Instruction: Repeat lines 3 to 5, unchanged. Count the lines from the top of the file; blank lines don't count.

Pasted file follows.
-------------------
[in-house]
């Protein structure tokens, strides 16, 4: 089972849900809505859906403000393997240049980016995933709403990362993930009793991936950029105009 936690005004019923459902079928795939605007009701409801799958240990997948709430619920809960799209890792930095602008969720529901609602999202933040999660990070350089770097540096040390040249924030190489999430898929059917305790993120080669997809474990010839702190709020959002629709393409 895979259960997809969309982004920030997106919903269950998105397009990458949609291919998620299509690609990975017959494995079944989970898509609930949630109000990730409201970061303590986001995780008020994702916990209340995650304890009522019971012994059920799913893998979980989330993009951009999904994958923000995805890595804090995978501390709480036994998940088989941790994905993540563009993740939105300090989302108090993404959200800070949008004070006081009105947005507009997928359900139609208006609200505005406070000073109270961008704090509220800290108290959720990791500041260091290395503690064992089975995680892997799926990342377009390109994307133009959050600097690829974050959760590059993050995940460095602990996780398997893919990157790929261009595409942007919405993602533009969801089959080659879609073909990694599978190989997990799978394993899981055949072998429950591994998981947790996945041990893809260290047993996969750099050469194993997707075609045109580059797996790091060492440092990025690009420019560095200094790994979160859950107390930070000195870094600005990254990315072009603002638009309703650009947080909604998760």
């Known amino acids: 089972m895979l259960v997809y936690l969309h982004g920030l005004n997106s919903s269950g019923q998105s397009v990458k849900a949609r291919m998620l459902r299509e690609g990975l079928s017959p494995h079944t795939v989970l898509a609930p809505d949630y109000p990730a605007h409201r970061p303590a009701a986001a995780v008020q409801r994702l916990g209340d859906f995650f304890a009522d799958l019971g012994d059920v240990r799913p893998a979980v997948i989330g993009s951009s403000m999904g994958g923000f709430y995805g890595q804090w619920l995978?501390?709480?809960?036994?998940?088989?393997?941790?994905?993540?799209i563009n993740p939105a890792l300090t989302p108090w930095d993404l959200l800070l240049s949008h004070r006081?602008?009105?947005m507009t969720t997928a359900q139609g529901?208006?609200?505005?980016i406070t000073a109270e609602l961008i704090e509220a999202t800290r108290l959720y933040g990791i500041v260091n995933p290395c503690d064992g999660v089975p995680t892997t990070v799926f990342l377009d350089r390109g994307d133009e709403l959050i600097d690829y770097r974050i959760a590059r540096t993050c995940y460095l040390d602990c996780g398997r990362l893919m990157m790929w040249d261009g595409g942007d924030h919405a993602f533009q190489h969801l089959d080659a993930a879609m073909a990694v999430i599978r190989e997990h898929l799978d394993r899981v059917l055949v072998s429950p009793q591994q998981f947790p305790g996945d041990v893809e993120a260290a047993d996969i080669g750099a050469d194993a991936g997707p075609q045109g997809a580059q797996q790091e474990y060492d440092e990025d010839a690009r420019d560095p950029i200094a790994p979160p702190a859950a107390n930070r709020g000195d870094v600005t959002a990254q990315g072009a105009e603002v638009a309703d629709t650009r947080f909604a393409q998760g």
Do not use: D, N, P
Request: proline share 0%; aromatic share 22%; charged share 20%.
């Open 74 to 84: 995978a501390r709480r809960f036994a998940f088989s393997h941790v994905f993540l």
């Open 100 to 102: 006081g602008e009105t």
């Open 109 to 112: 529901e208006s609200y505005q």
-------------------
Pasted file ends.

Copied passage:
């Known amino acids: 089972m895979l259960v997809y936690l969309h982004g920030l005004n997106s919903s269950g019923q998105s397009v990458k849900a949609r291919m998620l459902r299509e690609g990975l079928s017959p494995h079944t795939v989970l898509a609930p809505d949630y109000p990730a605007h409201r970061p303590a009701a986001a995780v008020q409801r994702l916990g209340d859906f995650f304890a009522d799958l019971g012994d059920v240990r799913p893998a979980v997948i989330g993009s951009s403000m999904g994958g923000f709430y995805g890595q804090w619920l995978?501390?709480?809960?036994?998940?088989?393997?941790?994905?993540?799209i563009n993740p939105a890792l300090t989302p108090w930095d993404l959200l800070l240049s949008h004070r006081?602008?009105?947005m507009t969720t997928a359900q139609g529901?208006?609200?505005?980016i406070t000073a109270e609602l961008i704090e509220a999202t800290r108290l959720y933040g990791i500041v260091n995933p290395c503690d064992g999660v089975p995680t892997t990070v799926f990342l377009d350089r390109g994307d133009e709403l959050i600097d690829y770097r974050i959760a590059r540096t993050c995940y460095l040390d602990c996780g398997r990362l893919m990157m790929w040249d261009g595409g942007d924030h919405a993602f533009q190489h969801l089959d080659a993930a879609m073909a990694v999430i599978r190989e997990h898929l799978d394993r899981v059917l055949v072998s429950p009793q591994q998981f947790p305790g996945d041990v893809e993120a260290a047993d996969i080669g750099a050469d194993a991936g997707p075609q045109g997809a580059q797996q790091e474990y060492d440092e990025d010839a690009r420019d560095p950029i200094a790994p979160p702190a859950a107390n930070r709020g000195d870094v600005t959002a990254q990315g072009a105009e603002v638009a309703d629709t650009r947080f909604a393409q998760g």
Do not use: D, N, P
Request: proline share 0%; aromatic share 22%; charged share 20%.